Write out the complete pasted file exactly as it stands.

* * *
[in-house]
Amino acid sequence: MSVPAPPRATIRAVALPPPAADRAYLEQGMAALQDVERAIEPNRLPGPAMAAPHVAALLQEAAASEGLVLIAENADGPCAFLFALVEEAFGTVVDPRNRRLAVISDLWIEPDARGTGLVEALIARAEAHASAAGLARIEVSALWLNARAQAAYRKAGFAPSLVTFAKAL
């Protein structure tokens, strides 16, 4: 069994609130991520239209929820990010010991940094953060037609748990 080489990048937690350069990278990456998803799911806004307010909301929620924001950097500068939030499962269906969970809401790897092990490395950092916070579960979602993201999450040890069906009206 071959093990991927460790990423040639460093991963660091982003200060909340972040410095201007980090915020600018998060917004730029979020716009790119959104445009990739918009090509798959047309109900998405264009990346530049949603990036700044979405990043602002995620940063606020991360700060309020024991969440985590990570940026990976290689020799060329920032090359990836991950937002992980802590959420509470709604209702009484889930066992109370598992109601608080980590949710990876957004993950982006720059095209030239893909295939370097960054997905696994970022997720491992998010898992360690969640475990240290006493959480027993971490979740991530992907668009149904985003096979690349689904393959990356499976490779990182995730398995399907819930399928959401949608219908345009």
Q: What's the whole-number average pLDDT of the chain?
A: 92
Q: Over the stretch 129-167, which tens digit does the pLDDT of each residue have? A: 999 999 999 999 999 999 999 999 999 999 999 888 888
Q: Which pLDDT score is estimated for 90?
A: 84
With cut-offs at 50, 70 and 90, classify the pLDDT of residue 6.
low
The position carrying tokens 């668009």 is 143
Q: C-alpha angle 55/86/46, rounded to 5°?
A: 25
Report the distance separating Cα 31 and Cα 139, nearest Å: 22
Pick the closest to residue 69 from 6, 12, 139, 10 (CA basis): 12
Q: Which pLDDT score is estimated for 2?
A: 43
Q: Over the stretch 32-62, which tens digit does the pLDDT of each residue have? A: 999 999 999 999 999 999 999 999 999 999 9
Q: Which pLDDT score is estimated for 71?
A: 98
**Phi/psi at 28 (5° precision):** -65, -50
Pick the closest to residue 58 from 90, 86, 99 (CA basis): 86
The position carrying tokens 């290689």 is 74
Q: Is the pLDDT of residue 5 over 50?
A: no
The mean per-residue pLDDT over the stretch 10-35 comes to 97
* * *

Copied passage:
[in-house]
Amino acid sequence: MSVPAPPRATIRAVALPPPAADRAYLEQGMAALQDVERAIEPNRLPGPAMAAPHVAALLQEAAASEGLVLIAENADGPCAFLFALVEEAFGTVVDPRNRRLAVISDLWIEPDARGTGLVEALIARAEAHASAAGLARIEVSALWLNARAQAAYRKAGFAPSLVTFAKAL
């Protein structure tokens, strides 16, 4: 069994609130991520239209929820990010010991940094953060037609748990 080489990048937690350069990278990456998803799911806004307010909301929620924001950097500068939030499962269906969970809401790897092990490395950092916070579960979602993201999450040890069906009206 071959093990991927460790990423040639460093991963660091982003200060909340972040410095201007980090915020600018998060917004730029979020716009790119959104445009990739918009090509798959047309109900998405264009990346530049949603990036700044979405990043602002995620940063606020991360700060309020024991969440985590990570940026990976290689020799060329920032090359990836991950937002992980802590959420509470709604209702009484889930066992109370598992109601608080980590949710990876957004993950982006720059095209030239893909295939370097960054997905696994970022997720491992998010898992360690969640475990240290006493959480027993971490979740991530992907668009149904985003096979690349689904393959990356499976490779990182995730398995399907819930399928959401949608219908345009």
Q: What's the whole-number average pLDDT of the chain?
A: 92
Q: Over the stretch 129-167, which tens digit does the pLDDT of each residue have? A: 999 999 999 999 999 999 999 999 999 999 999 888 888
Q: Which pLDDT score is estimated for 90?
A: 84
With cut-offs at 50, 70 and 90, classify the pLDDT of residue 6.
low
The position carrying tokens 């668009």 is 143
Q: C-alpha angle 55/86/46, rounded to 5°?
A: 25
Report the distance separating Cα 31 and Cα 139, nearest Å: 22
Pick the closest to residue 69 from 6, 12, 139, 10 (CA basis): 12
Q: Which pLDDT score is estimated for 2?
A: 43
Q: Over the stretch 32-62, which tens digit does the pLDDT of each residue have? A: 999 999 999 999 999 999 999 999 999 999 9
Q: Which pLDDT score is estimated for 71?
A: 98
**Phi/psi at 28 (5° precision):** -65, -50
Pick the closest to residue 58 from 90, 86, 99 (CA basis): 86
The position carrying tokens 């290689």 is 74
Q: Is the pLDDT of residue 5 over 50?
A: no
The mean per-residue pLDDT over the stretch 10-35 comes to 97